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The Crimea is a large peninsula, where the centuries, merging into one another, left their noticeable imprint on its history. It was occupied by the Tauri throughout the first millennium B. C. and the 1st century A. D., and was known in ancient times as the Tauris, or the Tauris Chersonesus (in Greek chersonesus means "peninsula"). In the 6th and 5th centuries B. C. the first ancient Greek city-colonies appeared along the shores of the Black Sea. In the 1st century A. D. the Romans built fortresses there. In the 13th century, when the Tartars invaded the Crimea, the Southern Coast was in the possession of the Genoese.
Since the 15th century the Crimea was a separate state, the Tartar Khanate of Crimea, under Turkey's protection, and the defence of the southern frontiers, against the inroads of the Crimean Tartars, became the basic course in Russian foreign policy: the first Romanovs did not wage any regular wars down south. The salient figures among the Romanovs of the 18th century are those of Peter the Great and Catherine II. With Peter Russia reached the Baltic Sea, with Catherine, the southern frontiers (after two wars against Turkey) stretched to the Black Sea.
In 1774, by the Treaty of Kuchuk-Kainarji, Catherine II forced Turkey to recognize the independence of the Crimea, and in 1783 she annexed the peninsula. This gave Russia the access she needed to the Black Sea. In 1784 Catherine II set out on a grand tour with the aim of visiting the Crimea and inspecting the sea approaches near the Ottoman frontiers. The Empress realised that the annexation provided an opportunity for the expansion of economic, cultural and political links, advantageous both to Russia and her neighbours. In order to protect the southern provinces of Russia and to put down the unrest of the Tartars, who were discontented with the annexation, Catherine II resettled the Orthodox Greeks from the Grecian Archipelago to the Crimea on the initiative of Prince Grigory Potyomkin. The so-called Greeks' Balaklava Battalion guarded the southern coast from Balaklava to Theodosius and, for their devoted military service, the Empress made generous presents of plots of land along the coast.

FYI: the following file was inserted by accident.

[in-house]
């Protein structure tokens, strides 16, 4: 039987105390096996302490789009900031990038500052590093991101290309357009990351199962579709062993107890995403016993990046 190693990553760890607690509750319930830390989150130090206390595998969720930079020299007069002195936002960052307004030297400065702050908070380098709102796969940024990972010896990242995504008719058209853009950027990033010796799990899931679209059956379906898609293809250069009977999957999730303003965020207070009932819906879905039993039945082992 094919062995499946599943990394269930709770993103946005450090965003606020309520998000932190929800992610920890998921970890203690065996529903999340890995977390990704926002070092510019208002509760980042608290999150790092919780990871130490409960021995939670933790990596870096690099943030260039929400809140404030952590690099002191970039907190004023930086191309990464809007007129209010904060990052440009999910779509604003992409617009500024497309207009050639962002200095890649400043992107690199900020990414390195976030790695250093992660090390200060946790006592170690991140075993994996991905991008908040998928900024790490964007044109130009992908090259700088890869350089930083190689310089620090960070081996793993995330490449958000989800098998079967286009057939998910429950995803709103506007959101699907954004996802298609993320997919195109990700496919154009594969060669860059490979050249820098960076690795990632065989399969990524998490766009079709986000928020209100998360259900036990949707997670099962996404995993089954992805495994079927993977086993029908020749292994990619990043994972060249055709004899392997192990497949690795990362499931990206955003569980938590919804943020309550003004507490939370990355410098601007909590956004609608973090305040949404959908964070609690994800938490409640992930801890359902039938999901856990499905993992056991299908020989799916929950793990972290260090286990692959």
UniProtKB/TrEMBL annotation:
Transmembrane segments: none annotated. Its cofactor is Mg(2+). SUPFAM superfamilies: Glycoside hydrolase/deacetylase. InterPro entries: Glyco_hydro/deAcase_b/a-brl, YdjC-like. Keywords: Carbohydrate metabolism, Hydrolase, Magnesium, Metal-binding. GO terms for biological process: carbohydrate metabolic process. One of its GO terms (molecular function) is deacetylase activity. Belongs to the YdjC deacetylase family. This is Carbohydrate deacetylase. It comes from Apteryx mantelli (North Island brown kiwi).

The Russian Academy of Sciences equipped a number of expeditions to the Crimea to explore the natural resources and the climatic conditions of the newly-possessed province. The scientists drew attention to the beneficial climatic properties of the area of the Crimean Southern Coast and soon people of means began to buy plots of land from the officers and soldiers of the Balaklava Garrison and build villas and mansions there to spend their leisure time or to receive treatment. The most eminent courtiers had palaces built there, many of which have survived today.
In 1825, the Oreanda Estate, lying 6 km to the west of Yalta, was bought by the crown for Alexander I. Thus, the Oreanda Estate became the first Imperial residence on the Southern Coast of the Crimea.
In 1860, the Livadia Estate (19 km to the west of Yalta), adjoining the Oreanda Estate, was bought for Alexander II. Needless to say, the small town of Yalta was turned into a fashionable resort because of this neighbourhood. Present-day Greater Yalta extends in a narrow band for 75 km along the Black Sea coast, including such seaside resorts as Yalta proper, Alupka, Gurzuf, Miskhor, Koreiz, and Simeiz.